Chinese cyber operations move from espionage to sabotage. So far it's staging, but US officials are concerned.
US hunts Chinese malware staged to interfere with US military operations.
US officials at the end of last week began to brief members of Congress on a Chinese cyber campaign that's been staging malware in US networks for over a year. The campaign represents an escalatory departure from familiar Chinese cyberespionage in that the malware is judged to have been designed for disruption, not just collection.
First noticed in Guam, and then named "Volt Typhoon."
The effort was publicly noted in May of this year, when Microsoft observed activity it attributed to China in the US Territory of Guam. Redmond called the activity "Volt Typhoon," and observers called it out at the time as "battlespace preparation." The intelligence services of the Five Eyes (Australia, Canada, New Zealand, the United Kingdom, and the United States) issued a joint advisory about Volt Typhoon, and that collaborative warning suggests both the seriousness and the scope The CyberWire's Control Loop wrote, shortly after the activity was described, "The quiet establishment of persistence in any critical infrastructure network is a matter of concern. Whether Volt Typhoon is in fact engaged in preparing the battlespace for an operation against Taiwan, or whether it’s simply conducting a trial, in any hybrid war the target lists will surely include control systems."
The US hunts Chinese malware staged in US networks.
On Saturday the New York Times, citing unnamed Administration officials, reported that the US was hunting for disruptive Chinese malware that's been quietly staged in US systems. The Times' report is the result of interviews conducted over the past two months. The consensus among both government and industry experts is that Volt Typhoon precedes Microsoft's report "by at least a year." Investigation has shown that the Chinese campaign is more widespread than initially believed, and that the US work to find and "eradicate" the malware has been in progress for some time. The infestation extends beyond telecommunication systems and is, geographically global, not confined to Guam or even to US territory, but there do seem to be higher concentrations of the malware in the vicinity of US military installations. Observers speculate that China is hedging against any US intervention in a Chinese invasion of Taiwan. The Times reports that there's disagreement within the Administration as to whether the malware is designed narrowly to cripple US military operations, or whether wider spread disruption of US society would be the goal.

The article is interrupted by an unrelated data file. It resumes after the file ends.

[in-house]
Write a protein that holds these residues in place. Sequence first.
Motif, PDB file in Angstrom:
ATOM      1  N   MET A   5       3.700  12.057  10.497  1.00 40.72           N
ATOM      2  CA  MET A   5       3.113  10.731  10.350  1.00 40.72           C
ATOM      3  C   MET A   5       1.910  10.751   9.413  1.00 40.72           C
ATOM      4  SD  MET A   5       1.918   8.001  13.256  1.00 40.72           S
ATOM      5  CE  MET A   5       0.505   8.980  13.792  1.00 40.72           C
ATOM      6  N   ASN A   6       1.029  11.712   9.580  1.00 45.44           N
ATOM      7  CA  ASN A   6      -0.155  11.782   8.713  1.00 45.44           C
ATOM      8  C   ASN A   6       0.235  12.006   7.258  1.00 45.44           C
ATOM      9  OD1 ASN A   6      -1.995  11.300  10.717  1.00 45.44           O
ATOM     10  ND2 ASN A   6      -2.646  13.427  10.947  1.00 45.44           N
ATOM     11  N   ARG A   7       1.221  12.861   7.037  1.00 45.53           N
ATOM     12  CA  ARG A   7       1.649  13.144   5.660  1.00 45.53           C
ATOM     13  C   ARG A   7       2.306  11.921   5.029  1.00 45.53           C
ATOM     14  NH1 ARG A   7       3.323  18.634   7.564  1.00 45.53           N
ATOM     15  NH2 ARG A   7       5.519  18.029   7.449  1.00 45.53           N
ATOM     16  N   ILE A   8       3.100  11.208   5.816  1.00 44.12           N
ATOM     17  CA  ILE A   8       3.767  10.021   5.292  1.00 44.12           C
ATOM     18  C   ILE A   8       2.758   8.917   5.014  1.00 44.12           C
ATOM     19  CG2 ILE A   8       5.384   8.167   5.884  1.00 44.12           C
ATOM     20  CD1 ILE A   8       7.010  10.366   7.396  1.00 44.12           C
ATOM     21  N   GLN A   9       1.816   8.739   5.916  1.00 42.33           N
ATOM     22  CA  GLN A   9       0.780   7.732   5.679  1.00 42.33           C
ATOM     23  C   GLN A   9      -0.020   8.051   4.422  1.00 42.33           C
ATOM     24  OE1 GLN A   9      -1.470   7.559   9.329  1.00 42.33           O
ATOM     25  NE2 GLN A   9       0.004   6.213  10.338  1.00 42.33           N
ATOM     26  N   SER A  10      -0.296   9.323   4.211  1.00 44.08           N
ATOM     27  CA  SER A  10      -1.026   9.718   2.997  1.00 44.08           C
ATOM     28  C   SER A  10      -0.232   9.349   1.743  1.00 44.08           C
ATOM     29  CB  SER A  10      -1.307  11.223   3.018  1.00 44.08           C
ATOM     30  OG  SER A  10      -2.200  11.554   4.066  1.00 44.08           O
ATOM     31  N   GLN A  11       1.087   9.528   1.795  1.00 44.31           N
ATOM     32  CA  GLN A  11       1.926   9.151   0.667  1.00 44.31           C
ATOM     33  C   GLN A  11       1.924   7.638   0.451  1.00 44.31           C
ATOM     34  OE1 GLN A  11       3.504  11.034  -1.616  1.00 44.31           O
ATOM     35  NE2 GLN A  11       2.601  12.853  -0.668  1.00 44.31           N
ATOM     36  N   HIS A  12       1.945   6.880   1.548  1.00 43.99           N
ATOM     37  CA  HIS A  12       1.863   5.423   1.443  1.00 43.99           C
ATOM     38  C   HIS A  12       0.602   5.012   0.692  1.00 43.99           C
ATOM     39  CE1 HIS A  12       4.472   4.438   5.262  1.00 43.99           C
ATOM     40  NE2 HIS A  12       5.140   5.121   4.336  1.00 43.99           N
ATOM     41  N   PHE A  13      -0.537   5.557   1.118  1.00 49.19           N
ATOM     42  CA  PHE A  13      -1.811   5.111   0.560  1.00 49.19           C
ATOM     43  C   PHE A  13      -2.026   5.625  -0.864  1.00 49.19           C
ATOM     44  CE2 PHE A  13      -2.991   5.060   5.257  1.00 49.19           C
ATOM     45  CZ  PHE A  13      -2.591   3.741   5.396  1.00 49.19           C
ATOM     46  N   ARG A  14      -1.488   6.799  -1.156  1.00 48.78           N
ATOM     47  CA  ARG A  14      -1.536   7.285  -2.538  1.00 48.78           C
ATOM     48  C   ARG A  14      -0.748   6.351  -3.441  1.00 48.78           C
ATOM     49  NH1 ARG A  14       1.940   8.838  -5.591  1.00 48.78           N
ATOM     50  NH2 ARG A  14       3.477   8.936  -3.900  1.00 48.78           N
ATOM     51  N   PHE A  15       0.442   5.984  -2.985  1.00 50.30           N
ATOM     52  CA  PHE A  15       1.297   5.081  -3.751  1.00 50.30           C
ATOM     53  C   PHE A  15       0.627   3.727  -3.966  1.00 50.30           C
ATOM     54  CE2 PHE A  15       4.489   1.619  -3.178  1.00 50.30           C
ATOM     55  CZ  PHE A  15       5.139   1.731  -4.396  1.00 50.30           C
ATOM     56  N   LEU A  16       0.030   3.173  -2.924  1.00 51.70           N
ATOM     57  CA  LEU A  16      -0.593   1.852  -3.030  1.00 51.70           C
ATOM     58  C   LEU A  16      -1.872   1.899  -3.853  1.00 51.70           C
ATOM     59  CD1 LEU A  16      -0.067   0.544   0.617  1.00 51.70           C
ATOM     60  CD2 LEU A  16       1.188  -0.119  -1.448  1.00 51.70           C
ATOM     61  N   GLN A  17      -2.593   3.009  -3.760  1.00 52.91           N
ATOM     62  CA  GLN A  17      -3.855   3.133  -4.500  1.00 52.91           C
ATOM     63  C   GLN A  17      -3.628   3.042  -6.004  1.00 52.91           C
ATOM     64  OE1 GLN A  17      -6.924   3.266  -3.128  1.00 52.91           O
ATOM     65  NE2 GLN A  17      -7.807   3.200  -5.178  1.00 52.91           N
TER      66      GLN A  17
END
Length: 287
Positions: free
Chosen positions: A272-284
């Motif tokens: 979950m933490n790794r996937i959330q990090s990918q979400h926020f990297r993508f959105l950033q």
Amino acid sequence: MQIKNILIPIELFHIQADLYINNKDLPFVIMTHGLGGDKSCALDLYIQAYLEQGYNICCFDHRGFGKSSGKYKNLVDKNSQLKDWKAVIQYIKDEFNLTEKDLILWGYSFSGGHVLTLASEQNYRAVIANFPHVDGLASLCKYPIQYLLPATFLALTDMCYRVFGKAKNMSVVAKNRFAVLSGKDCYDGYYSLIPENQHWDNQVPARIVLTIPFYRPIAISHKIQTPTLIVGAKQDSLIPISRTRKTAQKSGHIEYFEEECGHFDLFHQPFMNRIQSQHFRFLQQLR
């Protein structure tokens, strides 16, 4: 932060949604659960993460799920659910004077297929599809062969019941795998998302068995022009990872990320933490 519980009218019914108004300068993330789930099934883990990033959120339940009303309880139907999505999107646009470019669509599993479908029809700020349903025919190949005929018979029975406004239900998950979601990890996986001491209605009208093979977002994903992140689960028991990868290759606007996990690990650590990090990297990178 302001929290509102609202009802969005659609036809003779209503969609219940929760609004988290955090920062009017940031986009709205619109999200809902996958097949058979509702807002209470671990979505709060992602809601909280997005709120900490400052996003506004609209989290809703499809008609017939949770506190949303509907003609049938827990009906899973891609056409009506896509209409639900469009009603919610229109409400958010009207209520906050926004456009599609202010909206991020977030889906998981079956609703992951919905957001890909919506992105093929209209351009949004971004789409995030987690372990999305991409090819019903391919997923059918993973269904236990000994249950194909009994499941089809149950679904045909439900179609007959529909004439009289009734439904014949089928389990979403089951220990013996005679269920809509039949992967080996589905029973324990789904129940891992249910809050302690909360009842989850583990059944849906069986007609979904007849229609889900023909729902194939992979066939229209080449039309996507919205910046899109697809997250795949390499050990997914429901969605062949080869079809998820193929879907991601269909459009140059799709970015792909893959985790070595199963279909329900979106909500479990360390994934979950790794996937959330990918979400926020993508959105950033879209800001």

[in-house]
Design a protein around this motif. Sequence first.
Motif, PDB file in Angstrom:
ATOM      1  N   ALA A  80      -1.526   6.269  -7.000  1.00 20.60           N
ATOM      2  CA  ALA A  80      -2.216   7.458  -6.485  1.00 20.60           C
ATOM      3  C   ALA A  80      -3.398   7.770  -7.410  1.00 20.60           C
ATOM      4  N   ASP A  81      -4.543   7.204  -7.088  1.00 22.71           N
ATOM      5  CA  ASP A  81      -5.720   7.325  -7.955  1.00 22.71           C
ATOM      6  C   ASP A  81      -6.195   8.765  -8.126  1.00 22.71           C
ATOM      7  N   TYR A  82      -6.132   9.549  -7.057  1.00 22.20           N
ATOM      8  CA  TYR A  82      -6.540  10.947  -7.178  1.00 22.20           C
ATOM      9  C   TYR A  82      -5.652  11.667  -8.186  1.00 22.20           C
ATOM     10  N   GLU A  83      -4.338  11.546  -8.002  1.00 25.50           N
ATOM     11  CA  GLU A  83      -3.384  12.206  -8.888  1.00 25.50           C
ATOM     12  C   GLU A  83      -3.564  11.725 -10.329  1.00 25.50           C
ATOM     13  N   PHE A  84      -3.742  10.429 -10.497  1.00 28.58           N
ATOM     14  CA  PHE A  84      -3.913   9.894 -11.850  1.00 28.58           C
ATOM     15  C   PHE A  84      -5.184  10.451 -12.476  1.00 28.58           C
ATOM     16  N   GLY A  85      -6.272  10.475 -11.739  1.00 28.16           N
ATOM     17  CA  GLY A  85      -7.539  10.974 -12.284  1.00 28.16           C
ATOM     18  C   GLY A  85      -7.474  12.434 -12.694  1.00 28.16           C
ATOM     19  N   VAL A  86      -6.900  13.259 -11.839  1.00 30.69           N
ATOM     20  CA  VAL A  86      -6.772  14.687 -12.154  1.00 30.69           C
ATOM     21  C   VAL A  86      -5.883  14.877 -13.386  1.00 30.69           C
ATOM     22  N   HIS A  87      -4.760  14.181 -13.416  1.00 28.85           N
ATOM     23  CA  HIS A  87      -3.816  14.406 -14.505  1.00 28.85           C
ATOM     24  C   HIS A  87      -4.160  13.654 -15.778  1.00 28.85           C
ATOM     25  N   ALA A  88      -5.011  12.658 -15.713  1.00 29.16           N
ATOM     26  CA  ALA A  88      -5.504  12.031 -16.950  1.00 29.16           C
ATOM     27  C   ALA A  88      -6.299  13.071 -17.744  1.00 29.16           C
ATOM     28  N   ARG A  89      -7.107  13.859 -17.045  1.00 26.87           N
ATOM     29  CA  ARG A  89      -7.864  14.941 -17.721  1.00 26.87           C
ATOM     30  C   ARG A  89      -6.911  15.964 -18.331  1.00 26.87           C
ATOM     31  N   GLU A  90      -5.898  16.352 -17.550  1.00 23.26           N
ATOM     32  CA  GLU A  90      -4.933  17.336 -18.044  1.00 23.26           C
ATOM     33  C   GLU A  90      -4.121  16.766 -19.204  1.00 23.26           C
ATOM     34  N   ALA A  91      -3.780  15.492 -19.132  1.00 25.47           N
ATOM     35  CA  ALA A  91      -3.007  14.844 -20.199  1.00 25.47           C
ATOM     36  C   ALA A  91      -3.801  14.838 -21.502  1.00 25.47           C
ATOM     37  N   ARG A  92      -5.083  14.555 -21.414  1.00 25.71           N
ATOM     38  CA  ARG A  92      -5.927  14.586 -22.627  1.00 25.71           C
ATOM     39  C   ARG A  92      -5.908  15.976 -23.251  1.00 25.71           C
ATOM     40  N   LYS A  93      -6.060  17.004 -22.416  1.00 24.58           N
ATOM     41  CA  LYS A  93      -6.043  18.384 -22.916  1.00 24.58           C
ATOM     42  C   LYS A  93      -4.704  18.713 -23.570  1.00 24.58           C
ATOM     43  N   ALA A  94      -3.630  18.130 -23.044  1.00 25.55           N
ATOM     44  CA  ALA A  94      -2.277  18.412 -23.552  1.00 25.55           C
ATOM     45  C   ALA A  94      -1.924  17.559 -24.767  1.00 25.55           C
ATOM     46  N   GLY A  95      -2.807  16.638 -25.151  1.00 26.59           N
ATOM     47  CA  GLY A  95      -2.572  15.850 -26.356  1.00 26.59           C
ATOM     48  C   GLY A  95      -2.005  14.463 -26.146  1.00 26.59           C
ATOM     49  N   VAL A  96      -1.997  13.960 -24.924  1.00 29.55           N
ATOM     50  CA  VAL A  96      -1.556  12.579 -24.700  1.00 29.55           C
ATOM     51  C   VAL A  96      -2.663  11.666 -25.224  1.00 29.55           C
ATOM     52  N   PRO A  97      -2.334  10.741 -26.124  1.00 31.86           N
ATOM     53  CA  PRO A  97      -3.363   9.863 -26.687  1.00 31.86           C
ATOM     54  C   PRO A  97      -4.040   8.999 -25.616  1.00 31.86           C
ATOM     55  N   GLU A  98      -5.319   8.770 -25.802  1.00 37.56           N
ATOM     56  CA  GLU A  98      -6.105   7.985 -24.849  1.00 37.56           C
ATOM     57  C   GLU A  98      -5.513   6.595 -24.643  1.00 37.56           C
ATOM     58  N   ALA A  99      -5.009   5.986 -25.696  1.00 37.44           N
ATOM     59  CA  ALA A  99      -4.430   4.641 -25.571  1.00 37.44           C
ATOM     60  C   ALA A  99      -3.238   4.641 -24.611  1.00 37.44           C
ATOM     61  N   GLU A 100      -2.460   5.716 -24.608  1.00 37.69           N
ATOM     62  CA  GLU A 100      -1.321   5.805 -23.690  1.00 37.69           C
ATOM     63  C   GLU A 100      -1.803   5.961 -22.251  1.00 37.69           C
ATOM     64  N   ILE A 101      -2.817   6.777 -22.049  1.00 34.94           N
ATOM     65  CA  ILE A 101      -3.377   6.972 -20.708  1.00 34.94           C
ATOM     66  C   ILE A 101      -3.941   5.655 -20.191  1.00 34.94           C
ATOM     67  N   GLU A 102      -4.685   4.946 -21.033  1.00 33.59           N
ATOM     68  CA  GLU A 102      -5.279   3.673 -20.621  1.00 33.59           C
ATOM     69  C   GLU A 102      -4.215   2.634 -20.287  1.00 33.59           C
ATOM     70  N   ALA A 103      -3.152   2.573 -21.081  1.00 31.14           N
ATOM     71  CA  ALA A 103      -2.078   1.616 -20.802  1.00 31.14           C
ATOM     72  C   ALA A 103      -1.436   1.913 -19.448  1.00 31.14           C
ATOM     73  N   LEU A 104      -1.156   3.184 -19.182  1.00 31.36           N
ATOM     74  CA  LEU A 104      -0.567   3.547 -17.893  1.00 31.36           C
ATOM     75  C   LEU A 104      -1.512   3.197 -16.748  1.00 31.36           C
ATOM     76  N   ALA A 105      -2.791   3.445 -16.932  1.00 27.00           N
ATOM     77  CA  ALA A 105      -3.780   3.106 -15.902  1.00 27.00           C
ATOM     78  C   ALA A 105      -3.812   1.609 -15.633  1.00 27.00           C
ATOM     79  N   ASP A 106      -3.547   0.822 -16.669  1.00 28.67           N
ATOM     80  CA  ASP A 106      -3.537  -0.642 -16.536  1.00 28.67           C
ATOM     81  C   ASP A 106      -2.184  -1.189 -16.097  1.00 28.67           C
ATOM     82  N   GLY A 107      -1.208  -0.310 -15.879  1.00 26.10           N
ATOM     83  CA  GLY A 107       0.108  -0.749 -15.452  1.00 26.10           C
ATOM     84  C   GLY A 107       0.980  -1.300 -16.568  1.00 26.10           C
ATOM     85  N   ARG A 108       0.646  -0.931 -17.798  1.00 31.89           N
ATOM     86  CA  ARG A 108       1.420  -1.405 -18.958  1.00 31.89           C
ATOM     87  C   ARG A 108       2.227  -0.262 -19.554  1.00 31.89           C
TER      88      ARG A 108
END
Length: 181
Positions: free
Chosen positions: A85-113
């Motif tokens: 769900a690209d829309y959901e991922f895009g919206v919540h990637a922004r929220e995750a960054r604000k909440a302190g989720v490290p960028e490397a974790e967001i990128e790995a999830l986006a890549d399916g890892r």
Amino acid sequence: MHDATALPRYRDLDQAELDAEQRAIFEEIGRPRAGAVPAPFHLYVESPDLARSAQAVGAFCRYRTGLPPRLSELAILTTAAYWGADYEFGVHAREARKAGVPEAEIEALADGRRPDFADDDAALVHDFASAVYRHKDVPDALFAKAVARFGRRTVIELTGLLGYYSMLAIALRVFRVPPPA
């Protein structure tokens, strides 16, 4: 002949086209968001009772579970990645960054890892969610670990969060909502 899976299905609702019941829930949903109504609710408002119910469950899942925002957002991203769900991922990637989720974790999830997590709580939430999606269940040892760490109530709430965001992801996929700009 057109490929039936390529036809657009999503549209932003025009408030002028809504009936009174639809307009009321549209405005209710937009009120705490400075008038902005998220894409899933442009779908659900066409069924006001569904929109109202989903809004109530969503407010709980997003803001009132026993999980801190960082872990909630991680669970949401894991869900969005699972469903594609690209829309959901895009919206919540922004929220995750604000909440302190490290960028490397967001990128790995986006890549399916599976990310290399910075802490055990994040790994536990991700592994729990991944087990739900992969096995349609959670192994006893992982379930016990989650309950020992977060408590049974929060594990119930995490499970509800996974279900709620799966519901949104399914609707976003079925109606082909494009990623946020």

The National Security Council said, in a statement quoted by the Times, "“The Biden administration is working relentlessly to defend the United States from any disruptions to our critical infrastructure, including by coordinating interagency efforts to protect water systems, pipelines, rail and aviation systems, among others."
China denies any such cyber activity against US targets.
China's embassy in Washington issued a predictable denial when asked about the report. “We have always firmly opposed and cracked down on all forms of cyberattacking in accordance with the law,” an embassy spokesman told the Times, adding familiar denunciations of the US for both hacking and defamation. “The Chinese government agencies face numerous cyberattacks every day, most of which come from sources in the U.S., We hope relevant parties will stop smearing China with groundless accusations.”
Industry reaction to a threat to critical infrastructure.
The Five Eyes joint advisory described Volt Typhoon's ability to "live off the land" as one of its distinctive capabilities. "One of the actor’s primary tactics, techniques, and procedures (TTPs) is living off the land, which uses built-in network administration tools to perform their objectives," the advisory said. "This TTP allows the actor to evade detection by blending in with normal Windows system and network activities, avoid endpoint detection and response (EDR) products that would alert on the introduction of third-party applications to the host, and limit the amount of activity that is captured in default logging configurations."
Joe Saunders, CEO of RunSafe Security, sees the incident as reason to address memory protection. "The threat of a ticking time bomb like this malware means we need to double-down our efforts to achieve not just memory safety in software in the long term, but memory protection in software immediately," he wrote. "Otherwise we take the risk of losing our ability to support our warfighters and maintain a normal sense of operation in society."